Special occasion: Dana upon moving into new house
When Buddhists move into a new house, they invite monks for dana in order to make merits. These merits are then shared with the devas who are around. In doing this, one is offering one of the highest dana possible to the devas. The devas are honoured and, in reciprocation, will protect the house and its residents. Those whom the devas have sympathy for are bound to meet with good fortune.
Ven Kumara then continues with the series of talks on ‘Blessings’.
The next blessing is that of refraining from taking intoxicants.
Here’s a story on the origins of intoxicating drinks. Long ago in a forest in the Himalaya Mountains, there was a big tree. The top branches grew such that they formed a receptacle-like depression where rain water collected. As a creeper plant climbed up the tree trunk, its fruits fell into the pool of rainwater. Sometimes birds also dropped fruits into it. They then fermented in the water.
The monkeys and birds that drank this fermented liquid became intoxicated and fell into a drunken stupor after which they woke up. A forester witnessed this. Curious, he tasted the fermented liquid. It made him feel good. A hermit came along and the two of them had a good time drinking and feeding on roasted birds.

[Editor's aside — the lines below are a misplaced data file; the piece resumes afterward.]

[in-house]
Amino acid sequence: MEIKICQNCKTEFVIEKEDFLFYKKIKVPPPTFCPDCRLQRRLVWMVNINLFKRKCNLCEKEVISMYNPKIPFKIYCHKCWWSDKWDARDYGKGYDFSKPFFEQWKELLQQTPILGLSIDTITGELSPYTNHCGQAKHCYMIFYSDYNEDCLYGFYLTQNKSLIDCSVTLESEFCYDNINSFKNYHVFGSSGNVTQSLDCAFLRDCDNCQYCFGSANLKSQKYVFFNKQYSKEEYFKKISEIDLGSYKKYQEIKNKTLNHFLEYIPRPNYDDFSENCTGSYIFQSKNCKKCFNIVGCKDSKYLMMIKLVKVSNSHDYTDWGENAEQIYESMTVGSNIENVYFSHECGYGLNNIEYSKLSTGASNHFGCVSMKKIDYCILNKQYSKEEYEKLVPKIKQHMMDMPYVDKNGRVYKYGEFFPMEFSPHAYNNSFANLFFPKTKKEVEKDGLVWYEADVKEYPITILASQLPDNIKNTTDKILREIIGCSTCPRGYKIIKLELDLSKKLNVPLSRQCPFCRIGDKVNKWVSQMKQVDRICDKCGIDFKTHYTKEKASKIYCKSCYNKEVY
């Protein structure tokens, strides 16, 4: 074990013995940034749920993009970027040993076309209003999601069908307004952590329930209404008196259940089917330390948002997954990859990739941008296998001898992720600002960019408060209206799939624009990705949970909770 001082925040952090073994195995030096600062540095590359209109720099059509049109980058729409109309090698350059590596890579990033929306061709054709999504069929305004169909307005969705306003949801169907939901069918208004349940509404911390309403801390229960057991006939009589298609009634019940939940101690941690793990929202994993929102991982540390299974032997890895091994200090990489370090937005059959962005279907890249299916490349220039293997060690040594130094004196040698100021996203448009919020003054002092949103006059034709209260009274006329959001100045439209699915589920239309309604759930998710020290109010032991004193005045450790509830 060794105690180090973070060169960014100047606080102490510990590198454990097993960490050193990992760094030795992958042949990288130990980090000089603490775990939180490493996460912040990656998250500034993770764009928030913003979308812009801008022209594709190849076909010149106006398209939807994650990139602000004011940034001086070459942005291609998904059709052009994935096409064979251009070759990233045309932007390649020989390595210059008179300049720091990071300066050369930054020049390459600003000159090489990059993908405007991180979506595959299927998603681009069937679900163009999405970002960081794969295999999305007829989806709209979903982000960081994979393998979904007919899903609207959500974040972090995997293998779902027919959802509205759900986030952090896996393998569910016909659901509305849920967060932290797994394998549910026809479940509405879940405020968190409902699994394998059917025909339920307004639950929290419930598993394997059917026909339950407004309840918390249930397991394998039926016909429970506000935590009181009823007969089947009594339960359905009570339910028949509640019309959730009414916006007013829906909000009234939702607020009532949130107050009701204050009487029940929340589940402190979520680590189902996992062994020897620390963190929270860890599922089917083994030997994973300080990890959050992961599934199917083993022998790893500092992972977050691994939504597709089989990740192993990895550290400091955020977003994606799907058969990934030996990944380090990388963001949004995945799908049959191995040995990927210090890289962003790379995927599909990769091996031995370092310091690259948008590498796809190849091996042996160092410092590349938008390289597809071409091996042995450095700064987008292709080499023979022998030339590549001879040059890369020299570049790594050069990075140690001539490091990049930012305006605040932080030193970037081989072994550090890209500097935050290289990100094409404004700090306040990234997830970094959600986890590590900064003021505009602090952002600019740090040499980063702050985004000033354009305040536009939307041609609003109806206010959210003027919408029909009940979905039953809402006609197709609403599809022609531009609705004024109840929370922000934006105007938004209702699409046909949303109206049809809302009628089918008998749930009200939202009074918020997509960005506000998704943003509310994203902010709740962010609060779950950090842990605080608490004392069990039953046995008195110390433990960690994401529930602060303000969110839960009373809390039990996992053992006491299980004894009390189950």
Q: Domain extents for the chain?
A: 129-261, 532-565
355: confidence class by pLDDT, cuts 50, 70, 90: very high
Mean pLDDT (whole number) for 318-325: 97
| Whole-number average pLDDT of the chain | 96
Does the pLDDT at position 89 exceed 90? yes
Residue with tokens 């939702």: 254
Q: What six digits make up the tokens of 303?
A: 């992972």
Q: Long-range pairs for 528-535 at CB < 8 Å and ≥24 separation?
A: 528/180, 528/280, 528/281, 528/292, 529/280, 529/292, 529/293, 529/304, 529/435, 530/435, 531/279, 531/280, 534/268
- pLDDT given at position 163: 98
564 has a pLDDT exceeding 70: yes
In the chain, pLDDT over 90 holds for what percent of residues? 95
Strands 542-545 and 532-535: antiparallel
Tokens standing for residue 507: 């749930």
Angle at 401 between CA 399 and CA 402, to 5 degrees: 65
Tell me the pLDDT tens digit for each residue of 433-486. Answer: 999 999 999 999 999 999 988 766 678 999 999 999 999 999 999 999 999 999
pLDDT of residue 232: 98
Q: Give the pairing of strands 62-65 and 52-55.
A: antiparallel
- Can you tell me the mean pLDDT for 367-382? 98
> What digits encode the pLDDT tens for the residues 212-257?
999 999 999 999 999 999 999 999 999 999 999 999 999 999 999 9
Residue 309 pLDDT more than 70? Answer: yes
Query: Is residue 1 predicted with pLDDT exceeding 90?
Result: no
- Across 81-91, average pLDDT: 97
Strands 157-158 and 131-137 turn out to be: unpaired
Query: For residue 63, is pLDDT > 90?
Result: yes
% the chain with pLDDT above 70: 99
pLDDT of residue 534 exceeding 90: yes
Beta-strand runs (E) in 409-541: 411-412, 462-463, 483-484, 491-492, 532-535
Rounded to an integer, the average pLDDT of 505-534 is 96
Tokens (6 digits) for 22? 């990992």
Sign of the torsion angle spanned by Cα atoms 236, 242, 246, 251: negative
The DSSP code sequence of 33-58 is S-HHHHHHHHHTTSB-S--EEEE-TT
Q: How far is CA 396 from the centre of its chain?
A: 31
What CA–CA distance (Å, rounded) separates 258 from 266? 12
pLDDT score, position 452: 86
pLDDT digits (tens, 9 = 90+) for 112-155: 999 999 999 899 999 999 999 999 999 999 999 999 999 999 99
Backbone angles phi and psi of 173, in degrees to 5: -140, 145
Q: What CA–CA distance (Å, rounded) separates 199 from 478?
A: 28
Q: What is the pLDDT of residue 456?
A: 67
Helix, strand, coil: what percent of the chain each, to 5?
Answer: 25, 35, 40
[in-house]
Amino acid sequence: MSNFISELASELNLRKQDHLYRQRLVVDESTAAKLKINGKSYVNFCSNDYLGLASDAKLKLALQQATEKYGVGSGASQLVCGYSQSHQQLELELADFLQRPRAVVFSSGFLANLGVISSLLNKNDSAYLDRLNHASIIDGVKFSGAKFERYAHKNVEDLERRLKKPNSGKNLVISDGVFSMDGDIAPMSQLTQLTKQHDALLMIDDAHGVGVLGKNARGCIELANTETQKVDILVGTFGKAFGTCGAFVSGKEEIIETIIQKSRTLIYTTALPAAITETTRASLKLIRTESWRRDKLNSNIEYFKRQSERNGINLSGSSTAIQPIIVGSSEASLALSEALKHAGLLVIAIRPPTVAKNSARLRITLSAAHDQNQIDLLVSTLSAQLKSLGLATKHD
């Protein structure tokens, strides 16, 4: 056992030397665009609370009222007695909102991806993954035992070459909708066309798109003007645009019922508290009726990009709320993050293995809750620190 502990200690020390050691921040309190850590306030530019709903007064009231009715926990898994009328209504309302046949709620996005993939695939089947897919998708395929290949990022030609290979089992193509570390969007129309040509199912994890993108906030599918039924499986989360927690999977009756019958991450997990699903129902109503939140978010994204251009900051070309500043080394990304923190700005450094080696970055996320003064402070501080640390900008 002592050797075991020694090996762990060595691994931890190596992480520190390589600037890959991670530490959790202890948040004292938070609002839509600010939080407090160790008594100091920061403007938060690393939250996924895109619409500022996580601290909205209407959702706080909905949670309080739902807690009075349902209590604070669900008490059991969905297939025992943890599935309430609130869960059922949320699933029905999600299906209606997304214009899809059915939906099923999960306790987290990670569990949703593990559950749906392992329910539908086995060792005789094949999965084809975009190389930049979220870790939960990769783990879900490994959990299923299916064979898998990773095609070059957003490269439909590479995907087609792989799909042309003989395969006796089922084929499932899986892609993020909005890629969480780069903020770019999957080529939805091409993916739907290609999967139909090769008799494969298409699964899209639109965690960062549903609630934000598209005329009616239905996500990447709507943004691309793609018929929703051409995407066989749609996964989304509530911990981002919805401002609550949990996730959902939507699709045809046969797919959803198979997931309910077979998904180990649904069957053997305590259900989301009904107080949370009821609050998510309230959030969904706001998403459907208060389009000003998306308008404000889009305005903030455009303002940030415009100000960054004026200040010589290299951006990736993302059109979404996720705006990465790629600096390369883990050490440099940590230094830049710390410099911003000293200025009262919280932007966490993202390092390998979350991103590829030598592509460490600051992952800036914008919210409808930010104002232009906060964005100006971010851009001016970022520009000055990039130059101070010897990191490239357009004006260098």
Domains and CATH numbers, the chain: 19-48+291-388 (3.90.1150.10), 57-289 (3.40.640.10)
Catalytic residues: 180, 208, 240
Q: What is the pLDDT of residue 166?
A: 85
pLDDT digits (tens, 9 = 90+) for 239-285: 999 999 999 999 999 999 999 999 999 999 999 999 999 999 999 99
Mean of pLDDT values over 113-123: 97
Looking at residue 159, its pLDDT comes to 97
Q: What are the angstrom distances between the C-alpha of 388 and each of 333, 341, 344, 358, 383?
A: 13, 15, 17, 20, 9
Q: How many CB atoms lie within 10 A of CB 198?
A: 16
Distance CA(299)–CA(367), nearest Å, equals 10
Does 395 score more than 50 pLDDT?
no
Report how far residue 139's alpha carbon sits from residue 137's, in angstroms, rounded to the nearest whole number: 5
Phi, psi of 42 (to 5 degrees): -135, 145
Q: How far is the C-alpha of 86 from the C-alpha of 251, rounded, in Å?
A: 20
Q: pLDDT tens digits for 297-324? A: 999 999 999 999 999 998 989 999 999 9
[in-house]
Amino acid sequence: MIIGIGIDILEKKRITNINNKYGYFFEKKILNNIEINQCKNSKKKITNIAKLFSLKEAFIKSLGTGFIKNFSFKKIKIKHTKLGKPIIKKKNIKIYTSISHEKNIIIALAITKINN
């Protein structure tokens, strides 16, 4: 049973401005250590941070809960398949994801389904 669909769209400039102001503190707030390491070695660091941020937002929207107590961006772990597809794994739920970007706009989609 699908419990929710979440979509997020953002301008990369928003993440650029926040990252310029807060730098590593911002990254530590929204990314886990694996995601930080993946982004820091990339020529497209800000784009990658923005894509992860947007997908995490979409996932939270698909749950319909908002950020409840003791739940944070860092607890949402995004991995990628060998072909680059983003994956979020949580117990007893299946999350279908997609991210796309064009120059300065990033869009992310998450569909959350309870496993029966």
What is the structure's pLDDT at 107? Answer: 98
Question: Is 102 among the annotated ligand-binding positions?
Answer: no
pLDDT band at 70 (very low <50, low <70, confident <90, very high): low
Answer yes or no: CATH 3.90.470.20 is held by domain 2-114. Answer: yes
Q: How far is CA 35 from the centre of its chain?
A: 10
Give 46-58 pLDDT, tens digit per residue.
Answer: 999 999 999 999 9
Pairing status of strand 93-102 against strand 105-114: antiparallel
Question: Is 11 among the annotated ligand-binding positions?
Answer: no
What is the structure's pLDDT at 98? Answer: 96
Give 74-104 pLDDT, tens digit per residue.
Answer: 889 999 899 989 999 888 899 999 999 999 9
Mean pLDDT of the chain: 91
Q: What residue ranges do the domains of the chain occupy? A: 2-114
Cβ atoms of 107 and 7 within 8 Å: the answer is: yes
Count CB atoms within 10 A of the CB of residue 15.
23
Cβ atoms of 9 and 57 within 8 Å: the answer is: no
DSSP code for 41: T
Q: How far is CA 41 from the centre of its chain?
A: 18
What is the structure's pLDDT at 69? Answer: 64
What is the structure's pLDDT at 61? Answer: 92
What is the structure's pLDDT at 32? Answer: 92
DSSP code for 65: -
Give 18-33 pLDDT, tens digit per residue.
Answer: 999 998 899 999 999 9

The idea then came to them that they could make money by selling this fermented liquid. So they collected the drink and sold it to the people in a nearby city. As their business was good, it did not take long for them to realise that they had to find out how they could manufacture it themselves. They spent time studying the process and were able to mass-produce alcohol. The inhabitants of that city soon degenerated into drunkards who could not work. Consequently, they could not afford to buy the alcohol.
Seeing that their sales had dropped there, the two men moved to Savatthi, another city, to continue their business. The King himself was so taken with the alcohol that he bought 500 jars of it. Soon he was partying on the alcohol.
Sakka Devaraja (Thni Kong, the God of Heaven) saw this and decided that he must do something to prevent the world from being ruined by this evil habit. He came to earth in the guise of a Brahmin and levitated himself in front of the King, carrying a jar. The King was curious and asked the Brahmin what the jar contained. The Brahmin replied that if he wanted to know, he would have to drink it himself, but warned him of the consequences.
“You’ll be in a stupor, unable to control your mind, actions or speech. You will also be unable to discriminate between good and bad, and become shameless. Your reputation will suffer and you will lose the respect of others. You will also break your precepts. In doing so, you will also harm others as well as yourself.”
The King realised the folly of taking intoxicants and destroyed his store of alcohol. However, alcohol had already been discovered and continues to be made and drunk till this day.
During the time of the Buddha, a monk who was an accomplished meditator with psychic powers took intoxicants, became drunk and unmindfully laid on the ground with his feet pointing at the Buddha. The Buddha criticised the foolish act and set down a Vinaya rule prohibiting monks from consuming alcohol.
Here, we can see that taking intoxicants can bring about much evil. If one were to refrain from it, one could be free from all these evils. So, we can rightly say that refraining from taking intoxicants is a great blessing.